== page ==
See how there are four posts? The outside posts are deemed out-of- bounds. If the ball touches these posts, or goes over the line at any part of the ground, it is a throw-in, where an umpire throws the ball back into play. However, if the ball has been kicked and is still untouched in the air when it hits the post or flies over the line, it is called out-on- the-full. If the umpire has made that call, the team who didn’t kick it gets a free kick from where the ball passed out of bounds or hit the post.

Look at the picture again; in view are three different places where the ball could pass through: one in the middle and one on each side. If the ball goes over the side-lines, regardless of whether it has been touched or grounded or is still lying, it scores a single point.

However, if the ball is kicked by the attacking team, and flies or bounces through the middle untouched, it is a goal, and six points are scored. If the ball is coming towards the goal, a defender will not hesitate to stop the play by allowing the other team to score a single point. Once a point is signalled, a chosen defender has a free kick in the goal square to bring the ball back into play. Teamwork is an essential factor into winning one of these AFL games. The competition is spread out all over Australia, with 18 teams in the league:

Adelaide Crows

Brisbane Lions

Carlton Blues

Collingwood Magpies

Essendon Bombers

Fremantle Dockers

Geelong Cats

Gold Coast Suns

Greater Western Sydney Giants

Hawthorn Hawks

Melbourne Demons

North Melbourne Kangaroos

Port Adelaide Power

Richmond Tigers

St. Kilda Saints

Sydney Swans

West Coast Eagles

Western Bulldogs

These 18 teams have 24 rounds, with two byes each, but they cannot, for even a moment, relax. In every game of AFL, any team is a chance at coming away with a win, no matter the weather or the ground location, and for the eight teams who finish closest to or on the top are set up in the finals.

Rd1: Qualifying finals: 1 v. 4 2 v. 3 (None of these teams are eliminated, but the winners have a week’s rest, while the losers will play again next week) Elimination finals: 5 v. 8 6 v. 7 (The two losers of these games are eliminated, while the winners advance to play the losers of the qualifying finals)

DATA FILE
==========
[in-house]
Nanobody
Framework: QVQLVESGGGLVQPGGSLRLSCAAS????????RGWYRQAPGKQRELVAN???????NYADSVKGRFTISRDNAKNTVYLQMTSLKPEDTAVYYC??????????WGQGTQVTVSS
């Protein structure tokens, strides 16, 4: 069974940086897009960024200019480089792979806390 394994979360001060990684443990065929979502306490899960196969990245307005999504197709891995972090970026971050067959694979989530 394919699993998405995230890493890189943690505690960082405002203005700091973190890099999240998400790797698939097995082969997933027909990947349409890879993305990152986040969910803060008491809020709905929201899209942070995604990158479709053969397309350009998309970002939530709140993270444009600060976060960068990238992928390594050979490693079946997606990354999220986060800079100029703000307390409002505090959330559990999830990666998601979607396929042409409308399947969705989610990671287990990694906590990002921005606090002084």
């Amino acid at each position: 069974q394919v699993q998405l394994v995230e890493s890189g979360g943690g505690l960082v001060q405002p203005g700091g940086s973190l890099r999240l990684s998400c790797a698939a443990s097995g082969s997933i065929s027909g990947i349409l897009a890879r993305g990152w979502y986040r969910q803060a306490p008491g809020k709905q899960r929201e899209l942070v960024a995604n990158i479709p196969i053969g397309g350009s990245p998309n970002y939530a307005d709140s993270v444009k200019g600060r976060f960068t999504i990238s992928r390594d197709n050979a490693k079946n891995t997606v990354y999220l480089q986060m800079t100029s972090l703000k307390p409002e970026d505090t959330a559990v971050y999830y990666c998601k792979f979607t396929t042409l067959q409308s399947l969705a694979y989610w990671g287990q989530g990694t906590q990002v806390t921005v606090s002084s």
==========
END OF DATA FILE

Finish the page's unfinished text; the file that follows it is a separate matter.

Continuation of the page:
Rd2: (Now, for the sake of example, presume 4 & 2 and 8 & 6 lost) Semi finals: 4 v. 7 2 v. 5 (The losers are once again eliminated, while the winners go on to play 1 & 3)

Rd3: (Now, for the sake of example, presume 7 & 2 lost) Preliminary finals: 1 v. 5 3 v. 4 (As with the last two rounds, losers are eliminated, and the two teams who won proceed to the Grand Final)

Rd4: (Now, for the sake of example, presume 5 & 4 lost)

Grand Final: 1 v. 3 Now that the big day is here, the city of Melbourne, where the Grand Final is always held, is at its busiest time of the year, and if a team from the outside of Melbourne (there are only 8) made it, then even more so. Marches are held, extra trains run in from the outer suburbs, and it is just about the country’s favorite day. The two teams will face each other off in front of 100,000 fans, and the best player on the winning team will be awarded the Normsmith Medal, for best on ground. Neither team will come off having done less than their best.

What sort of players are there in AFL? Although every player has a defined position for their game day, and instructions concerning where on the oval they are supposed to be found, the independent decisions of individual players are something that is recognized as one of AFL’s most attractive attributes. An individual player needs a 100% mental focus, the ability to run at their fastest speed for 7-8 minutes without slowing down and execute their skills flawlessly while under fatigue. The way the field is set out is with three backmen, three half-backmen, three centers (one in the center circle and the other two are on each wing), three half-forwards, three forwards, one ruckman, and two players who continually chase the ball.